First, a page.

Devices using ozone (O3) gas or ultraviolet (UV) light to clean, disinfect, or sanitize continuous positive airway pressure (CPAP) devices, such as masks, aren’t legally meant for such application and healthcare providers and patients should be wary of such claims when made by manufacturers, the US Food and Drug Administration (FDA) said this week in a new safety communication.
“The FDA has identified several manufacturers that are marketing ozone gas or UV light-based products claiming to clean, disinfect or sanitize CPAP devices and accessories in the home,” William H. Maisel, MD, MPH, director of the FDA’s Office of Product Evaluation and Quality, said in the safety communication. “Exposure to high levels of ozone gas may worsen a patients’ existing chronic respiratory diseases or increase the chance of a respiratory infection. UV light-based products could cause burns, eye damage or increase the risk of skin cancer due to overexposure. The FDA has contacted manufacturers of products making these claims and asked them to submit data demonstrating their safety and effectiveness.” The safety communication doesn’t mention which manufacturers the FDA contacted, and Infection Control Today®has asked the agency to supply those names.
The devices use ozone (O3), or “activated oxygen,” and can kill harmful bacteria, but in order to do that it needs to be used at levels considered not safe for humans. Devices that use activated oxygen should keep the O3 inside the machines, but leaks do occur where tubes are connected or via fabric containers used to house CPAP accessories.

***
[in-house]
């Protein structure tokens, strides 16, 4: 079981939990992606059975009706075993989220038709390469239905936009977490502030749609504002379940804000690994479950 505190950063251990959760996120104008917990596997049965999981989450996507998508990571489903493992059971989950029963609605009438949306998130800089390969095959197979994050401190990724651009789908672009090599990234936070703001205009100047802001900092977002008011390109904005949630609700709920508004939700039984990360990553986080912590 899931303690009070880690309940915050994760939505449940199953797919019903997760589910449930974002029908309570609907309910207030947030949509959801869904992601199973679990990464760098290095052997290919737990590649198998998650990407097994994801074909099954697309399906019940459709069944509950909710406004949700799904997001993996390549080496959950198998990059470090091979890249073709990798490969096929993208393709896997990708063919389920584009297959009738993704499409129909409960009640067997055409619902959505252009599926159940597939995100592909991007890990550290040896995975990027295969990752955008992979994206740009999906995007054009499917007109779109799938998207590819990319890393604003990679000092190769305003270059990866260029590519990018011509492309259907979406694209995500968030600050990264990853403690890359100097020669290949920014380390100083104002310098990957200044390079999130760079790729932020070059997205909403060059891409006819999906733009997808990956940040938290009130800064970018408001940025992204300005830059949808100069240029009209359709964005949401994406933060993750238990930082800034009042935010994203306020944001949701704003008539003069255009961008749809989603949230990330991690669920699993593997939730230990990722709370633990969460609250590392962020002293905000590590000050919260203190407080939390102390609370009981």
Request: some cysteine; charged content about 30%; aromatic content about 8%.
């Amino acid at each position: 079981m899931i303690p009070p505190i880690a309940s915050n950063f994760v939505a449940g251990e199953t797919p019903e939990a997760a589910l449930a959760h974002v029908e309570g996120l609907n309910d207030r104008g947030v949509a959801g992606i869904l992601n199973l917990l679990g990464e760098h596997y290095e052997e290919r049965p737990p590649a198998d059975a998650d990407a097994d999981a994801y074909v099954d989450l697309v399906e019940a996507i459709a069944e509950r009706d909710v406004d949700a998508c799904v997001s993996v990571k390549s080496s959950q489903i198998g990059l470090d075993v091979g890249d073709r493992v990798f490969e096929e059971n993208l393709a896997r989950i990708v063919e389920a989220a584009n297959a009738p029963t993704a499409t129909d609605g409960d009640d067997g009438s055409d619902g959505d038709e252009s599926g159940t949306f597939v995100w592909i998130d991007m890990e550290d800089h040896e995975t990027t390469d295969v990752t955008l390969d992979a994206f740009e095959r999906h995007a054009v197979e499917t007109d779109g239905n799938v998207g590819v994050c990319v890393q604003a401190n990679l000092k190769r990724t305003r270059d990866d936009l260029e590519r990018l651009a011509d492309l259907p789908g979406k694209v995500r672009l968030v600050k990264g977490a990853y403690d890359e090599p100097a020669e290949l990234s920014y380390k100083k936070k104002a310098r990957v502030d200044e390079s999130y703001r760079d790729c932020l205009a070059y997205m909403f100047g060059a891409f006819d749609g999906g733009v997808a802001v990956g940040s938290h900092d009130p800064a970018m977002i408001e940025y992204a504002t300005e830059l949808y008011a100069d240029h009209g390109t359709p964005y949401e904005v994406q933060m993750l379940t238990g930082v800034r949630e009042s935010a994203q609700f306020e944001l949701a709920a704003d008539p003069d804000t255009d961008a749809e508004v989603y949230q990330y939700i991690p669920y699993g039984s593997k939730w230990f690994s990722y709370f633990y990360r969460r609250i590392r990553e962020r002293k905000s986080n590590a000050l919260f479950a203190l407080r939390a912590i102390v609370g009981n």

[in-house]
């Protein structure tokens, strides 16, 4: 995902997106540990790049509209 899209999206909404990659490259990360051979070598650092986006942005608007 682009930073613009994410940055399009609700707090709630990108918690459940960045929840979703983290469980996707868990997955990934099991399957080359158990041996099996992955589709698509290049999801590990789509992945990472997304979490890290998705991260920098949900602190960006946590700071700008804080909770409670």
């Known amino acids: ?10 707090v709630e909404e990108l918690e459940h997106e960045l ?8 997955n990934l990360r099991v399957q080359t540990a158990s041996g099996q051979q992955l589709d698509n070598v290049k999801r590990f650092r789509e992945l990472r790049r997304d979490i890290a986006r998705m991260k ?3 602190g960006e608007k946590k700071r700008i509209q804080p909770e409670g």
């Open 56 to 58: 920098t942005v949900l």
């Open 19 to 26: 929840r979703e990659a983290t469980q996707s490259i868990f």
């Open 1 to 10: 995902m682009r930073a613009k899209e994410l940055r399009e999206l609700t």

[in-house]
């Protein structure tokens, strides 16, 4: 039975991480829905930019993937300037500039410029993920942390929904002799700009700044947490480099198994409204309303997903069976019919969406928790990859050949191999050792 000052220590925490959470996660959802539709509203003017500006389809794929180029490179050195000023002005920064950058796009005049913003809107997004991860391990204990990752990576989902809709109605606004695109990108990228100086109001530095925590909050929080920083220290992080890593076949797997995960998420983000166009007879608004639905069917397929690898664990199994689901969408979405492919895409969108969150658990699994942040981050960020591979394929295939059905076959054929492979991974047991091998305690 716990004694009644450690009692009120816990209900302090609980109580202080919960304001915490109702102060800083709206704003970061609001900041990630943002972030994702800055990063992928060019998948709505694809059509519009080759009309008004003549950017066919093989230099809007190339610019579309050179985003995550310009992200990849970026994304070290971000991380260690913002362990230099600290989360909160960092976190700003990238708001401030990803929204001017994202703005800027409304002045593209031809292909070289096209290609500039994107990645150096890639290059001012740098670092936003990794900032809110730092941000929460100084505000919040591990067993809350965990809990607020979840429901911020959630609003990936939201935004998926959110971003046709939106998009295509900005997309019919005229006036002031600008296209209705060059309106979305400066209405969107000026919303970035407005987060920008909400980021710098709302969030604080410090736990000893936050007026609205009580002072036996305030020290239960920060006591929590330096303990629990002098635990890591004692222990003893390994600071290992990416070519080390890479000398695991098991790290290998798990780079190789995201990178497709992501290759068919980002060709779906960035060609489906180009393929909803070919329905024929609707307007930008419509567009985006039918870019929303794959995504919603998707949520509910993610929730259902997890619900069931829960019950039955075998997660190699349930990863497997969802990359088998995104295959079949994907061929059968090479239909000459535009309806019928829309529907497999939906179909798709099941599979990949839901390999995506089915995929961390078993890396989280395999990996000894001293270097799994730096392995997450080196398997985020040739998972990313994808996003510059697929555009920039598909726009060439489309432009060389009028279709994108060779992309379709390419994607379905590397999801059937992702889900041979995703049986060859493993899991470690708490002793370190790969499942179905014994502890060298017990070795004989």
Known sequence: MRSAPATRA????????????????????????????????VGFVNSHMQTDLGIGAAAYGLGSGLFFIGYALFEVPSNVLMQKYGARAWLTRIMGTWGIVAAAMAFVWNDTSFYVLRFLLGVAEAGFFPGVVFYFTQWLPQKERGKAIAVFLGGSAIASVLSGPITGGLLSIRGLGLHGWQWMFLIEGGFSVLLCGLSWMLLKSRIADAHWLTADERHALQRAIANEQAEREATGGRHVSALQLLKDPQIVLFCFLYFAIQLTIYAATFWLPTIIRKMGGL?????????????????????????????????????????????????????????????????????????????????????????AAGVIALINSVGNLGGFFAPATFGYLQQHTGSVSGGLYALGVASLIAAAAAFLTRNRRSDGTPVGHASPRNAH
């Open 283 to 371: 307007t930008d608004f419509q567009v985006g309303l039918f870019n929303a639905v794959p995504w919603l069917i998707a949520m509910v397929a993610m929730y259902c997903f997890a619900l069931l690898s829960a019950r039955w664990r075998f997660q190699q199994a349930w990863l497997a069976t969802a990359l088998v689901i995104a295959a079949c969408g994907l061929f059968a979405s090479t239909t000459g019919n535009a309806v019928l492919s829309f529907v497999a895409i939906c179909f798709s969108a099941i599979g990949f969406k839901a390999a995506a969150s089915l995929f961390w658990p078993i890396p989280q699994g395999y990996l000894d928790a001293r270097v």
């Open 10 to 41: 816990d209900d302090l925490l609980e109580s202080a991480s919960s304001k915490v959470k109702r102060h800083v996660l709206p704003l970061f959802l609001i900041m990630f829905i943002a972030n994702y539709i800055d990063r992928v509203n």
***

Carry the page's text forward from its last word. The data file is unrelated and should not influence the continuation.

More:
“When leaks occur, ozone gas in the nearby space may temporarily rise to unsafe levels, especially if the space is not well ventilated,” says the safety communication. “Ozone gas concentrations within the CPAP machine and tubing can also remain above safe levels even after the recommended waiting periods for ozone gas products that claim to clean.”
The FDA has received complaints from patients experiencing cough, difficulty breathing, nasal irritation, headaches, asthma attacks, and other breathing complaints when ozone gas-based products were used to clean, sanitize, or disinfect CPAP devices and accessories.
In addition, O3 concentrations within the CPAP machine and tubing might remain above safe levels even after the recommended waiting periods for ozone gas products that claim to clean. “If the CPAP accessories are used without first allowing fresh air to circulate through the entire CPAP machine to remove any remaining ozone gas, this could lead to nasal, lung or any other type of irritation to the user’s breathing passages,” the FDA states.
Using UV light to clean CPAP devices can place patients at risk of eye injury, skin burns, and skin cancer if the product doesn’t shield the user from exposure. The amount of harm done would depend on wavelength, intensity, and length of exposure, although the FDA hasn’t received any patient complaints about UV exposure.
“Additionally, when UV light is used with the purpose of disinfecting CPAP machine equipment and accessories, UV light may be unable to penetrate all areas of the CPAP accessories such as the hoses, masks and connectors,” the FDA says. “This may result in inadequately disinfected CPAP devices and accessories that may not be safe for reuse.”